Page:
Surgical Repair

The bone surrounding the superior canal is one of the few bones in the body that does not repair itself. As such, the dehiscence will never heal by itself.

As mentioned, some SCDS patients are able to adjust to their symptoms over time. In those cases, it is recommended to keep with symptom management, and have follow-up appointments with an ENT specialist.

For those that have symptoms that severely impact their quality-of-life, surgery is an option to consider. 

Finding a Surgeon

When considering surgery, it is important to remember:

  • Surgery to repair SCDS is an invasive, extremely delicate operation.
  • Recovery typically takes several weeks or months.

As such, it is critical to find a specialist surgeon that is very knowledgeable of SCDS, and has a proven record of successful surgeries.

Types of Surgery

The superior canal is located behind the skull near your ear, and resides underneath the brain's dura (the protective membrane that surrounds the brain). Because of this location, an opening in the skull must be created by the surgeon in order to access the inner ear and repair the dehiscence.

There are two different types of surgeries used in SCDS operations:

  • Transmastoid (referred to online as TM)
  • Middle Fossa Craniotomy (referred to online as MFC)

TM and MFC have the same types of risks (such as hearing loss), and total recovery time is approximately the same on average.

Your surgeon will recommend which approach to use based on several factors, including the location of the dehiscence.

Transmastoid (TM) Approach

TM surgery is performed behind the ear, and is the least-invasive of the two types of surgeries. It can be performed by an ENT surgeon alone, and is typically considered an out-patient day surgery. The downside to the TM approach is that the surgeon has no direct visualization of the dehiscence.

Middle Fossa Craniotomy (MFC) Approach

MFC surgery is performed by making an opening in the skull above the ear. MFC is a more invasive surgery that requires both an ENT and a neurosurgeon, as the brain dura must be lifted slightly to access the inner ear. However, the MFC approach allows the surgeon to have a complete visualization of the dehiscence.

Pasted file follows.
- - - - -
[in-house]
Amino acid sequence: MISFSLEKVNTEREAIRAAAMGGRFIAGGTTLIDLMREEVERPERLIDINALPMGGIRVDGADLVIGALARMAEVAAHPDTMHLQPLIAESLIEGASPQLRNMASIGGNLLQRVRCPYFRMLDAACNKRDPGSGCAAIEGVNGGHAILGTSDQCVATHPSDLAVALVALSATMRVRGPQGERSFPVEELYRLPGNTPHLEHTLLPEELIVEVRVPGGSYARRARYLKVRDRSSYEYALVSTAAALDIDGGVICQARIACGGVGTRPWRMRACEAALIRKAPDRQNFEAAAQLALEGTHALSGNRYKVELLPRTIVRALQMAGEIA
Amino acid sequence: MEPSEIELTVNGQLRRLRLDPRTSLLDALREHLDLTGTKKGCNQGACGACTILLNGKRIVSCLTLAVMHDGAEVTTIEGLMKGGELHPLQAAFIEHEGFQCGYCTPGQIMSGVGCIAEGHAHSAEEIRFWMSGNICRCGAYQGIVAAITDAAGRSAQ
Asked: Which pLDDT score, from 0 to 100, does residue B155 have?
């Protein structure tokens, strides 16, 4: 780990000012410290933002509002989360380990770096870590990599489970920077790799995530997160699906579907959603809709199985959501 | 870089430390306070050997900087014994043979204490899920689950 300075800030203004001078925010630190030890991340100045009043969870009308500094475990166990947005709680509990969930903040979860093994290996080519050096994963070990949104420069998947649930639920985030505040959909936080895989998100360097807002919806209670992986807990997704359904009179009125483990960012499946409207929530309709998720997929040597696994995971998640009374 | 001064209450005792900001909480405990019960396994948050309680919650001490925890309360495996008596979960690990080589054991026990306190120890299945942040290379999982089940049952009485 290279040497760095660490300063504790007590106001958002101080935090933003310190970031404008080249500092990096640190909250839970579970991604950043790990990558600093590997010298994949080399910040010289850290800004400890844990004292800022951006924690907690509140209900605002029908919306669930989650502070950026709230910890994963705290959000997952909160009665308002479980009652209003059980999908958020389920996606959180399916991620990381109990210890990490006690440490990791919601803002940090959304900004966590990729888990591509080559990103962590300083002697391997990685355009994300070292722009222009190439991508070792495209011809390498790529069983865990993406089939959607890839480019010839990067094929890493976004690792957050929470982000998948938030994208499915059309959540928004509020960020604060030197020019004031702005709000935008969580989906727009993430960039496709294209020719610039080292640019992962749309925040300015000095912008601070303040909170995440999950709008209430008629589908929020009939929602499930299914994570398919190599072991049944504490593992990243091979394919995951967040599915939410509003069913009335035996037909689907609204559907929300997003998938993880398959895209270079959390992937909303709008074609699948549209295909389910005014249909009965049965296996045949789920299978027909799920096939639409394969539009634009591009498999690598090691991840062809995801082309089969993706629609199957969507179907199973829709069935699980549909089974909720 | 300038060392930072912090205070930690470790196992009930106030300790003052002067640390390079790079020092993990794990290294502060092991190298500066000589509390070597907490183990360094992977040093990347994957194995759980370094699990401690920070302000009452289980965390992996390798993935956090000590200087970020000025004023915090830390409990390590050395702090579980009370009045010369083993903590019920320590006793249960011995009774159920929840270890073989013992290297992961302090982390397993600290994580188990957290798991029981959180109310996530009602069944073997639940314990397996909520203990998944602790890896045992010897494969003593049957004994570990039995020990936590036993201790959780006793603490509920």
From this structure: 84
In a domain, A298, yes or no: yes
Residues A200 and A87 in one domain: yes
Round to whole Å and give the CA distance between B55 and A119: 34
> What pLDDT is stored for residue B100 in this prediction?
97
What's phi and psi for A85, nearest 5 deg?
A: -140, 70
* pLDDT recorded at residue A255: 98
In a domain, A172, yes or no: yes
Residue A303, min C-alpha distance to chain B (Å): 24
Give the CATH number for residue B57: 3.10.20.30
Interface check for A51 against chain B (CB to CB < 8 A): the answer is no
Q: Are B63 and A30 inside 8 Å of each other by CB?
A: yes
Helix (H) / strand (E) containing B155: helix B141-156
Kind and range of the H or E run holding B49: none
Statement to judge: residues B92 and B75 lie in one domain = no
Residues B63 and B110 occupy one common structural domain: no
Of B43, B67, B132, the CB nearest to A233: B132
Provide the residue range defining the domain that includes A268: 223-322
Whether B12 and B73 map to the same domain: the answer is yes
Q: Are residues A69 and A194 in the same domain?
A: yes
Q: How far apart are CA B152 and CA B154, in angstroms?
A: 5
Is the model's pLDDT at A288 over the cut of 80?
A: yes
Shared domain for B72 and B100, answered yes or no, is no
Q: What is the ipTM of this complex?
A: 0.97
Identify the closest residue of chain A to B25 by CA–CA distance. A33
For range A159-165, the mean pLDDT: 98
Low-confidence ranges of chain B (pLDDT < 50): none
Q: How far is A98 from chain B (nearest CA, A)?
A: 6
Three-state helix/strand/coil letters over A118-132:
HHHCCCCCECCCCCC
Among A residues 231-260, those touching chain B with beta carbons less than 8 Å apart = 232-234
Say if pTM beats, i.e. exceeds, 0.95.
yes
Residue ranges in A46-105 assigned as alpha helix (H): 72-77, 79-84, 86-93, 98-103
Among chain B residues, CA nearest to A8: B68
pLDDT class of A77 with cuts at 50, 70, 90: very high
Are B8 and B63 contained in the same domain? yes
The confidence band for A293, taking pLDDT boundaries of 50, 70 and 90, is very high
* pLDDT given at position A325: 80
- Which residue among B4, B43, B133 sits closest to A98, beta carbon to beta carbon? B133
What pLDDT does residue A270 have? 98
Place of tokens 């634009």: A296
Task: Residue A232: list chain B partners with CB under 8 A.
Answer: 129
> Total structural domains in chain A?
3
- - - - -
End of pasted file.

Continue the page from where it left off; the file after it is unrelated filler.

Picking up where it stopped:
Types of Repairs

During the surgery -- whether TM or MFC -- the surgeon will repair the dehiscence using one of several methods:

  • Plugging - this is where the surgeon plugs the canal completely, closing the canal. This method helps prevent SCDS symptoms from reoccurring long-term.
    • The downside is that this reduces or disables the functionality of that canal, which can cause dizziness and balance issues after surgery. However, the brain typically re-adjusts within several weeks or months, and vestibular rehabilitation therapy can assist with the recovery.
  • Resurfacing (sometimes called Sealing or Capping) - this type of repair attempts to cover the hole caused by the dehiscence without plugging the canal.
    • The advantage to this type of repair is that it can help preserve the function of the superior canal by not disabling it, which can reduce post-operative dizziness. However, resurfacing alone has the risk of the repair material being reabsorbed by the body overtime, which could allow the dehiscence to reappear.

In many cases, surgeons will use both methods to ensure the best long-term results.

Repair Images

Plugging of the superior canal:

Image of superior canal dehiscence surgical plugging
Image Artist: Christine Gralapp

Resurfacing plus plugging of the superior canal:

Image of surgical resurfacing and plugging of the superior canal
Image Artist: Christine Gralapp

Next: Surgery Recovery